Today there is an article on the BBC website suggesting that snacking should be banned on public transport in order to address the obesity crisis in this country. (1)
This suggestion has come from one of the chief Doctors in charge of public health in the country who, you would assume, can see the figures for obesity rising along with the costs of trying to manage the issue but is this the way to stop obesity and how could you possibly police it?
Let’s look at what a recent study says about snacking:
Snack Food, Satiety, and Weight (2016) suggests that the data is (predictably) very mixed as to whether eating snacks will increase your risk of obesity as (again predictably) it very much depends on the snack and the overall lifestyle of the person / family. (2)
The study suggests that snacks that are higher in fibre, protein and whole foods actually enhance satiety (feeling of fullness) when consumed and may actually delay the need for the next meal, whereas snacks higher in processed carbohydrates can increase the need to eat sooner after their consumption. (2)
My thoughts –
Calories v Blood sugar
This study indicates that children gain 27% of their daily caloric intake from snacks, however Nutrition is more than just calories. Carbohydrates, fats and proteins all have differing effects on your blood sugar levels and, as the study suggests, will affect your ‘feelings of hunger’ in very different ways.
Snacking on nuts, olives, vegetables, animal protein will not push your blood sugar levels up as high as having bread, potato snacks, rice snacks or sweet snacks will and therefore will address your ‘ ‘feelings of fullness’ for longer whilst maintaining your blood sugar levels.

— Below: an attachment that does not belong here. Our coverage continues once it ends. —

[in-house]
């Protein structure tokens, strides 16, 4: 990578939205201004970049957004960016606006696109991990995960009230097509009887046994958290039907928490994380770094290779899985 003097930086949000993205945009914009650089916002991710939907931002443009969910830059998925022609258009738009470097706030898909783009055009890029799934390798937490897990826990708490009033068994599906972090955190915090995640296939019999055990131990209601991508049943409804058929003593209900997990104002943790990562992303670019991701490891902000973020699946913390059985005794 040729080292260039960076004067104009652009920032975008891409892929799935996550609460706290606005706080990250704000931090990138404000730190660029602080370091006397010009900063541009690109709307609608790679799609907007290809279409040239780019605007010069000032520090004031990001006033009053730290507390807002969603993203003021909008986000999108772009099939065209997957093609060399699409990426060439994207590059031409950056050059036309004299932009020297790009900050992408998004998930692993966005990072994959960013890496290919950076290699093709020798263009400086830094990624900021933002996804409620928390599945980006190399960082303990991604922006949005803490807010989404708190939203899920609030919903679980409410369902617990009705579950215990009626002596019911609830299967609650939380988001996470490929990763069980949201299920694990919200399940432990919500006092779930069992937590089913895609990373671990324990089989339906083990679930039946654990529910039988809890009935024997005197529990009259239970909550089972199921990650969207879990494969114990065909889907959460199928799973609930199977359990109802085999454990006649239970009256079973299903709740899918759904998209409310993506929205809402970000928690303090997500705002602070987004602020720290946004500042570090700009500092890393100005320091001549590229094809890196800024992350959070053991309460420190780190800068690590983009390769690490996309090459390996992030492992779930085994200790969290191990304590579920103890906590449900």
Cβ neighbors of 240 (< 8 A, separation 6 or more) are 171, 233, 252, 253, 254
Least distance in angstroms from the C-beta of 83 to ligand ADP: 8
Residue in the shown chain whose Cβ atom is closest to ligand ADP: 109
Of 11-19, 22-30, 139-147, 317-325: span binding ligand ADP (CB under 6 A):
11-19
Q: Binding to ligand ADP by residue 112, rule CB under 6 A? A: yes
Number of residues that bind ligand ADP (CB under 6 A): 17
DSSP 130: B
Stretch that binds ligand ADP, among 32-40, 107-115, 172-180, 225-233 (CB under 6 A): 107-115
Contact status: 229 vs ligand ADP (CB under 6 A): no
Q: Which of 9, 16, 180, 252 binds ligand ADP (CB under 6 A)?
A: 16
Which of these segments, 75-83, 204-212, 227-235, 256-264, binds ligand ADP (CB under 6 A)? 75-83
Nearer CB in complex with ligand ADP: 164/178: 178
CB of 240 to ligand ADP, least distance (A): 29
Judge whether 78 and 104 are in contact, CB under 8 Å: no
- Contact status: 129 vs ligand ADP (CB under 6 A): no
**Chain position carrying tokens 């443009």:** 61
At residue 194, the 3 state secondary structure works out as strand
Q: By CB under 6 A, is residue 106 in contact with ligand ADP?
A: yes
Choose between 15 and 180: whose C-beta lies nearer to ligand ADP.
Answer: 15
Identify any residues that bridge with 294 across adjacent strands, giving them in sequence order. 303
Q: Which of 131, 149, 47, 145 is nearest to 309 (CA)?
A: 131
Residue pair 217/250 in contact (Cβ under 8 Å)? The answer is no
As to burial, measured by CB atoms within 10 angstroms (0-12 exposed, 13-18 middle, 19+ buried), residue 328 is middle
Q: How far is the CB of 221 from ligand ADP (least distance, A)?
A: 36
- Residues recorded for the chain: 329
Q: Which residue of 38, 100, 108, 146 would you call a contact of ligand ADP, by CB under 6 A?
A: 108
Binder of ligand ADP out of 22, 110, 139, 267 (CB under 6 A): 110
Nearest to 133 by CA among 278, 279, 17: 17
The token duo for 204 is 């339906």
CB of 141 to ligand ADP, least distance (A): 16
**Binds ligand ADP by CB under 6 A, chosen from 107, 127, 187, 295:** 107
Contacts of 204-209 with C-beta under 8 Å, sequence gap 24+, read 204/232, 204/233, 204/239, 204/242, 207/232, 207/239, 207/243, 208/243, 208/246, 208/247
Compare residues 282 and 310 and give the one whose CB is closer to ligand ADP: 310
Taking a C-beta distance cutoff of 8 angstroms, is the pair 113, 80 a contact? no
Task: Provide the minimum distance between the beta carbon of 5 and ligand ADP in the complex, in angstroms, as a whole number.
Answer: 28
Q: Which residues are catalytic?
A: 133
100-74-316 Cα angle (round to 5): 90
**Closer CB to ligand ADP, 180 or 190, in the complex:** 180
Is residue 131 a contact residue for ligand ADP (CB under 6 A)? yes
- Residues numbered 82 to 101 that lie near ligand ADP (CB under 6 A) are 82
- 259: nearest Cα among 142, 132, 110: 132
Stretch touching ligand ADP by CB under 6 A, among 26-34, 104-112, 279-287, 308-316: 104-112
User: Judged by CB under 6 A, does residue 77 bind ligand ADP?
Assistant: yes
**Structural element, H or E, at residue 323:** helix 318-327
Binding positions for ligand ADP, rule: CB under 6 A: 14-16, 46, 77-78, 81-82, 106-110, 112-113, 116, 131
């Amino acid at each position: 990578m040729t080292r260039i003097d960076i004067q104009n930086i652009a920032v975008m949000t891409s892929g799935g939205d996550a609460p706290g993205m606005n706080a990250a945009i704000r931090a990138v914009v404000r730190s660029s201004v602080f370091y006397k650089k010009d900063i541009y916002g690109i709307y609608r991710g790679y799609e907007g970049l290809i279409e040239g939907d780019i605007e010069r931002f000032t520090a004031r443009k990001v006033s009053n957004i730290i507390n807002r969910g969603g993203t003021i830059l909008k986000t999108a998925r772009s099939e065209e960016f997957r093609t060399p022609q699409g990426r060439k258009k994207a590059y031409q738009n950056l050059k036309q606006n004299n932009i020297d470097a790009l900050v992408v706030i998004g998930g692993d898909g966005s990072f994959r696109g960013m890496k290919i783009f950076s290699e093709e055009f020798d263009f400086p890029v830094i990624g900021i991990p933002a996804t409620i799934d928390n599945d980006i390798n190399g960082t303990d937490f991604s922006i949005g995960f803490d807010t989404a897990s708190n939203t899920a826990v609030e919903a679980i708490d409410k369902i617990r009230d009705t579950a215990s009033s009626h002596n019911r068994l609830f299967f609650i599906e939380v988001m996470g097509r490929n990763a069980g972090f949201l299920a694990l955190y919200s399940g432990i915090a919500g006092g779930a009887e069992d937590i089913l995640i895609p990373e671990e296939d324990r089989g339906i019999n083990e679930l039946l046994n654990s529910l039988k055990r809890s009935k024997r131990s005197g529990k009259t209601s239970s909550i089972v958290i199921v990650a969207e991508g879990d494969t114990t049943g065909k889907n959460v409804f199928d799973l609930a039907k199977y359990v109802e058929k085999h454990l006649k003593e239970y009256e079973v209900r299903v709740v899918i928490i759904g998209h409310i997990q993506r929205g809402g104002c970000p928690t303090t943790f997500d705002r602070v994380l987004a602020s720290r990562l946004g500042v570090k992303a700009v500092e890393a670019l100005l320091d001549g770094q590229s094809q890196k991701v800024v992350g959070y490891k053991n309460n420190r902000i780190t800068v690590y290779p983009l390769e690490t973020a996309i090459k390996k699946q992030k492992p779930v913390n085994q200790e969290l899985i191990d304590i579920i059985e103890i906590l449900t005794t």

Children and Snacking
My observation is that children will largely copy what their parents do and that will include, eating what they eat and moving as they move. (This observation is also reflected in the research) So it starts with the parents, let’s get them active and eating REAL food and that will reflect down to their children, who are the masters of imitation.(3)
Children’s brains are growing and learning more and more every day and therefore they require a really varied, nutritious diet, full of a good balance in carbohydrates, proteins and fats, not chicken nuggets and chips. Snacks can complement a child’s diet really well particularly if they are learning and active at school because they will need the calories but those snacks need to be balanced with fat and protein, not just blood sugar spiking carbohydrates.
This is a great snack or breakfast idea for kids to have in their lunch boxes which contains a great balance of nutrients –
Egg Mac Muffin’s -
Ingredients – All organic if possible:
2x Spring onions chopped
100g Raw cheese cubed
50g Pancetta / Bacon
1-2 Vine tomatoes cubed
25g of Fresh spinach
25g Red/green peppers
6 Free range Eggs, beaten. (If you like you can add a bit of raw milk or coconut milk)
Himalayan Sea salt and pepper to taste
You can try using chicken, beef, mince, sausage, ricotta and more. Whatever takes your fancy.
1. Preheat the oven to 180/200c
2. Grease your muffin tin with Butter or coconut oil.
3. If you are using meat, gently fry it off in a frying pan in little bit of coconut oil or until cooked through.
4. Add the veg/ meat and cheese to the muffin tins. Mix and match as much as you like.
5. Pour the beaten eggs into each muffin tin, ensuring the contents are covered.
6. Place the muffin pan into the oven and bake for 20 – 25 mins or until the muffins are light brown, puffy and the eggs are set.
7. Let the muffins cool before eating immediately. Alternatively you can refrigerate them to eat cold during the week.
BBC News. (2019). 'Ban snacking on public transport'. [online] Available at: https://www.bbc.co.uk/news/health-49975720 [Accessed 10 Oct. 2019].
Njike, V., Smith, T., Shuval, O., Shuval, K., Edshteyn, I., Kalantari, V. and Yaroch, A. (2016). Snack Food, Satiety, and Weight. Advances in Nutrition, 7(5), pp.866-878.
Savage, J., Fisher, J. and Birch, L. (2007). Parental Influence on Eating Behavior: Conception to Adolescence. The Journal of Law, Medicine & Ethics, 35(1), pp.22-34.